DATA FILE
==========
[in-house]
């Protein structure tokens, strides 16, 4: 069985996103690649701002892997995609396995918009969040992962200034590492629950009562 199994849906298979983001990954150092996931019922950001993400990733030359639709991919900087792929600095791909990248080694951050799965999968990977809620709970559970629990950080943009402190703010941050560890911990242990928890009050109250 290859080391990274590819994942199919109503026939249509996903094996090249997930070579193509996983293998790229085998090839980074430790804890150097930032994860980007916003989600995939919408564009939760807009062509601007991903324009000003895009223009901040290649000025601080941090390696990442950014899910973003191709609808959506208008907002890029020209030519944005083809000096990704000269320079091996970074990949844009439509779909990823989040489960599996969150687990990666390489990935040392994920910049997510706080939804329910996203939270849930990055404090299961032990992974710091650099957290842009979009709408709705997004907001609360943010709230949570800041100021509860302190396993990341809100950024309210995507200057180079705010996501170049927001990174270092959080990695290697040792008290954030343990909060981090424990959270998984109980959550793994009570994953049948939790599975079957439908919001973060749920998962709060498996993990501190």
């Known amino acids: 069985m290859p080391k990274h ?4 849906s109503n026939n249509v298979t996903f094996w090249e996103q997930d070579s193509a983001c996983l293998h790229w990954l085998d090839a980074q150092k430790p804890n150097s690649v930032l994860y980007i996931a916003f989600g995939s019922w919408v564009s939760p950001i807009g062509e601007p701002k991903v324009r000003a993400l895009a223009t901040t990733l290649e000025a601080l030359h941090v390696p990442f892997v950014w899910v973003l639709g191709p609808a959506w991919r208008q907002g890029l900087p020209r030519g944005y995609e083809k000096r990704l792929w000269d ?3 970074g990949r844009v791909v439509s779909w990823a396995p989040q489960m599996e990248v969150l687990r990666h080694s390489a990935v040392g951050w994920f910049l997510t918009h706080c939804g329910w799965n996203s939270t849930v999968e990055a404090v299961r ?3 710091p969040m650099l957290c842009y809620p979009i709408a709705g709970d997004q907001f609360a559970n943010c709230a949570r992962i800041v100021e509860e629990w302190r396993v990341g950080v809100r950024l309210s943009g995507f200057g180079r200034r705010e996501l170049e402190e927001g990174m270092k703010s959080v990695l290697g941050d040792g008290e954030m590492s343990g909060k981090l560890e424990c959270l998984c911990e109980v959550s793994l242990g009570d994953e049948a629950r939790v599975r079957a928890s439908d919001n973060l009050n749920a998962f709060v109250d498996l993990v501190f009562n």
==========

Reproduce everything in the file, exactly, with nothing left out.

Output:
[in-house]
């Protein structure tokens, strides 16, 4: 069985996103690649701002892997995609396995918009969040992962200034590492629950009562 199994849906298979983001990954150092996931019922950001993400990733030359639709991919900087792929600095791909990248080694951050799965999968990977809620709970559970629990950080943009402190703010941050560890911990242990928890009050109250 290859080391990274590819994942199919109503026939249509996903094996090249997930070579193509996983293998790229085998090839980074430790804890150097930032994860980007916003989600995939919408564009939760807009062509601007991903324009000003895009223009901040290649000025601080941090390696990442950014899910973003191709609808959506208008907002890029020209030519944005083809000096990704000269320079091996970074990949844009439509779909990823989040489960599996969150687990990666390489990935040392994920910049997510706080939804329910996203939270849930990055404090299961032990992974710091650099957290842009979009709408709705997004907001609360943010709230949570800041100021509860302190396993990341809100950024309210995507200057180079705010996501170049927001990174270092959080990695290697040792008290954030343990909060981090424990959270998984109980959550793994009570994953049948939790599975079957439908919001973060749920998962709060498996993990501190």
């Known amino acids: 069985m290859p080391k990274h ?4 849906s109503n026939n249509v298979t996903f094996w090249e996103q997930d070579s193509a983001c996983l293998h790229w990954l085998d090839a980074q150092k430790p804890n150097s690649v930032l994860y980007i996931a916003f989600g995939s019922w919408v564009s939760p950001i807009g062509e601007p701002k991903v324009r000003a993400l895009a223009t901040t990733l290649e000025a601080l030359h941090v390696p990442f892997v950014w899910v973003l639709g191709p609808a959506w991919r208008q907002g890029l900087p020209r030519g944005y995609e083809k000096r990704l792929w000269d ?3 970074g990949r844009v791909v439509s779909w990823a396995p989040q489960m599996e990248v969150l687990r990666h080694s390489a990935v040392g951050w994920f910049l997510t918009h706080c939804g329910w799965n996203s939270t849930v999968e990055a404090v299961r ?3 710091p969040m650099l957290c842009y809620p979009i709408a709705g709970d997004q907001f609360a559970n943010c709230a949570r992962i800041v100021e509860e629990w302190r396993v990341g950080v809100r950024l309210s943009g995507f200057g180079r200034r705010e996501l170049e402190e927001g990174m270092k703010s959080v990695l290697g941050d040792g008290e954030m590492s343990g909060k981090l560890e424990c959270l998984c911990e109980v959550s793994l242990g009570d994953e049948a629950r939790v599975r079957a928890s439908d919001n973060l009050n749920a998962f709060v109250d498996l993990v501190f009562n």